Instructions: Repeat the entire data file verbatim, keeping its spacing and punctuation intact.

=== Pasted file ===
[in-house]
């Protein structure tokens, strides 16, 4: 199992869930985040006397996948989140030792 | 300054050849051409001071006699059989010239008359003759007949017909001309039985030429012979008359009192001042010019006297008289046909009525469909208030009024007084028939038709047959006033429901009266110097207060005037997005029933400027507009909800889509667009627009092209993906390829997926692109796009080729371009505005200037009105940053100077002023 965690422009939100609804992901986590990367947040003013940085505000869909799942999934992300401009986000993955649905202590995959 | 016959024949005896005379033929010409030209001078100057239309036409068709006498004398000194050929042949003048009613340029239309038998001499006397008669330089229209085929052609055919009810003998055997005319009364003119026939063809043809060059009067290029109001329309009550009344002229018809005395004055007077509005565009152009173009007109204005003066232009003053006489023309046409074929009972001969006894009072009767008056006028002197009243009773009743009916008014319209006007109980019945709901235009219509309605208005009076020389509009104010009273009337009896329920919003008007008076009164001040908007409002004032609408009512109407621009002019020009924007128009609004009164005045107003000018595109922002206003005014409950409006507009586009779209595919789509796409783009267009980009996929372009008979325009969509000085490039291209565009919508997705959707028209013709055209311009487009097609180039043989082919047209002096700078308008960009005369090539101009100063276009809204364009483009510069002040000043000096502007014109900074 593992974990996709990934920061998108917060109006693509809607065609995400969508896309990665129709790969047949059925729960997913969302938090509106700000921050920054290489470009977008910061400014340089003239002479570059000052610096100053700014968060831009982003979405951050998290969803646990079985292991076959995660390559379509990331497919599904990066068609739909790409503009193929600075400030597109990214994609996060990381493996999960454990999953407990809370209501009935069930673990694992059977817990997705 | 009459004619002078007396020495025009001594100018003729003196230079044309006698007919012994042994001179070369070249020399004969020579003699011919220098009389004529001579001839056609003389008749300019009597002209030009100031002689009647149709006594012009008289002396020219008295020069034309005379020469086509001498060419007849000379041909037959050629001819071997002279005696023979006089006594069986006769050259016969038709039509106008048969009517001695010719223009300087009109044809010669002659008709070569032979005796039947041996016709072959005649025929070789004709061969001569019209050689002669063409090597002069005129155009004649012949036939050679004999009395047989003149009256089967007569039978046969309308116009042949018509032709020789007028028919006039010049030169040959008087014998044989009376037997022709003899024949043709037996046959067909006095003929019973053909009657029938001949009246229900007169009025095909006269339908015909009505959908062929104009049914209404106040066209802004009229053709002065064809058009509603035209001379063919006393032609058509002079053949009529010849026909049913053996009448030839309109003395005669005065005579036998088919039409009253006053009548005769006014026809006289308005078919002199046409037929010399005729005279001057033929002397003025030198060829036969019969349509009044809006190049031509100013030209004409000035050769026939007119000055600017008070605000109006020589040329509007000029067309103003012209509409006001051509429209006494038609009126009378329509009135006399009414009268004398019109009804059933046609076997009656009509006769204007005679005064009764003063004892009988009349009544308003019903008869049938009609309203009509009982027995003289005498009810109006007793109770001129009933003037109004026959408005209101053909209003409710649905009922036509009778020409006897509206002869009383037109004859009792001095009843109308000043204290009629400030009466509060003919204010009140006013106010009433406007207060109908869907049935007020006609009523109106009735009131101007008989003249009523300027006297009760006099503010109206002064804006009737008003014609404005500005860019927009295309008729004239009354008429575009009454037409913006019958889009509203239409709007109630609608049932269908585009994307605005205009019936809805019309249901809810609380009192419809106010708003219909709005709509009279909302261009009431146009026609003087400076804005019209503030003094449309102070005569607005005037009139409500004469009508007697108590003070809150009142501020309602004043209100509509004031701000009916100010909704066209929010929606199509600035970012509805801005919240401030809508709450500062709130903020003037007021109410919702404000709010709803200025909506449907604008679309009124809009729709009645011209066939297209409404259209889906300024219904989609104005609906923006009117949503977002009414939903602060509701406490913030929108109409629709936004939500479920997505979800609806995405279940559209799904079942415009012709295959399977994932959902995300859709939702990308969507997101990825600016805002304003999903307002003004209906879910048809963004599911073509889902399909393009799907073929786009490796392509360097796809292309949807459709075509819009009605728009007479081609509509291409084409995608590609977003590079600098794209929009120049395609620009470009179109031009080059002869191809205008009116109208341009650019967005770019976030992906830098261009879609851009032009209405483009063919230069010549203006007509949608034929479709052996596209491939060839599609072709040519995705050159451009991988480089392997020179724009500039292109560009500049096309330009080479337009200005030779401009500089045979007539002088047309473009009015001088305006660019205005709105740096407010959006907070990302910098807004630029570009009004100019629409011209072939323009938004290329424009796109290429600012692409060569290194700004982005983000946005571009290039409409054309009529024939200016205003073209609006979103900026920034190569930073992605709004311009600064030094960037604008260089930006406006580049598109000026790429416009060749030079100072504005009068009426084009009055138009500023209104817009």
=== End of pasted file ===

[in-house]
């Protein structure tokens, strides 16, 4: 199992869930985040006397996948989140030792 | 300054050849051409001071006699059989010239008359003759007949017909001309039985030429012979008359009192001042010019006297008289046909009525469909208030009024007084028939038709047959006033429901009266110097207060005037997005029933400027507009909800889509667009627009092209993906390829997926692109796009080729371009505005200037009105940053100077002023 965690422009939100609804992901986590990367947040003013940085505000869909799942999934992300401009986000993955649905202590995959 | 016959024949005896005379033929010409030209001078100057239309036409068709006498004398000194050929042949003048009613340029239309038998001499006397008669330089229209085929052609055919009810003998055997005319009364003119026939063809043809060059009067290029109001329309009550009344002229018809005395004055007077509005565009152009173009007109204005003066232009003053006489023309046409074929009972001969006894009072009767008056006028002197009243009773009743009916008014319209006007109980019945709901235009219509309605208005009076020389509009104010009273009337009896329920919003008007008076009164001040908007409002004032609408009512109407621009002019020009924007128009609004009164005045107003000018595109922002206003005014409950409006507009586009779209595919789509796409783009267009980009996929372009008979325009969509000085490039291209565009919508997705959707028209013709055209311009487009097609180039043989082919047209002096700078308008960009005369090539101009100063276009809204364009483009510069002040000043000096502007014109900074 593992974990996709990934920061998108917060109006693509809607065609995400969508896309990665129709790969047949059925729960997913969302938090509106700000921050920054290489470009977008910061400014340089003239002479570059000052610096100053700014968060831009982003979405951050998290969803646990079985292991076959995660390559379509990331497919599904990066068609739909790409503009193929600075400030597109990214994609996060990381493996999960454990999953407990809370209501009935069930673990694992059977817990997705 | 009459004619002078007396020495025009001594100018003729003196230079044309006698007919012994042994001179070369070249020399004969020579003699011919220098009389004529001579001839056609003389008749300019009597002209030009100031002689009647149709006594012009008289002396020219008295020069034309005379020469086509001498060419007849000379041909037959050629001819071997002279005696023979006089006594069986006769050259016969038709039509106008048969009517001695010719223009300087009109044809010669002659008709070569032979005796039947041996016709072959005649025929070789004709061969001569019209050689002669063409090597002069005129155009004649012949036939050679004999009395047989003149009256089967007569039978046969309308116009042949018509032709020789007028028919006039010049030169040959008087014998044989009376037997022709003899024949043709037996046959067909006095003929019973053909009657029938001949009246229900007169009025095909006269339908015909009505959908062929104009049914209404106040066209802004009229053709002065064809058009509603035209001379063919006393032609058509002079053949009529010849026909049913053996009448030839309109003395005669005065005579036998088919039409009253006053009548005769006014026809006289308005078919002199046409037929010399005729005279001057033929002397003025030198060829036969019969349509009044809006190049031509100013030209004409000035050769026939007119000055600017008070605000109006020589040329509007000029067309103003012209509409006001051509429209006494038609009126009378329509009135006399009414009268004398019109009804059933046609076997009656009509006769204007005679005064009764003063004892009988009349009544308003019903008869049938009609309203009509009982027995003289005498009810109006007793109770001129009933003037109004026959408005209101053909209003409710649905009922036509009778020409006897509206002869009383037109004859009792001095009843109308000043204290009629400030009466509060003919204010009140006013106010009433406007207060109908869907049935007020006609009523109106009735009131101007008989003249009523300027006297009760006099503010109206002064804006009737008003014609404005500005860019927009295309008729004239009354008429575009009454037409913006019958889009509203239409709007109630609608049932269908585009994307605005205009019936809805019309249901809810609380009192419809106010708003219909709005709509009279909302261009009431146009026609003087400076804005019209503030003094449309102070005569607005005037009139409500004469009508007697108590003070809150009142501020309602004043209100509509004031701000009916100010909704066209929010929606199509600035970012509805801005919240401030809508709450500062709130903020003037007021109410919702404000709010709803200025909506449907604008679309009124809009729709009645011209066939297209409404259209889906300024219904989609104005609906923006009117949503977002009414939903602060509701406490913030929108109409629709936004939500479920997505979800609806995405279940559209799904079942415009012709295959399977994932959902995300859709939702990308969507997101990825600016805002304003999903307002003004209906879910048809963004599911073509889902399909393009799907073929786009490796392509360097796809292309949807459709075509819009009605728009007479081609509509291409084409995608590609977003590079600098794209929009120049395609620009470009179109031009080059002869191809205008009116109208341009650019967005770019976030992906830098261009879609851009032009209405483009063919230069010549203006007509949608034929479709052996596209491939060839599609072709040519995705050159451009991988480089392997020179724009500039292109560009500049096309330009080479337009200005030779401009500089045979007539002088047309473009009015001088305006660019205005709105740096407010959006907070990302910098807004630029570009009004100019629409011209072939323009938004290329424009796109290429600012692409060569290194700004982005983000946005571009290039409409054309009529024939200016205003073209609006979103900026920034190569930073992605709004311009600064030094960037604008260089930006406006580049598109000026790429416009060749030079100072504005009068009426084009009055138009500023209104817009």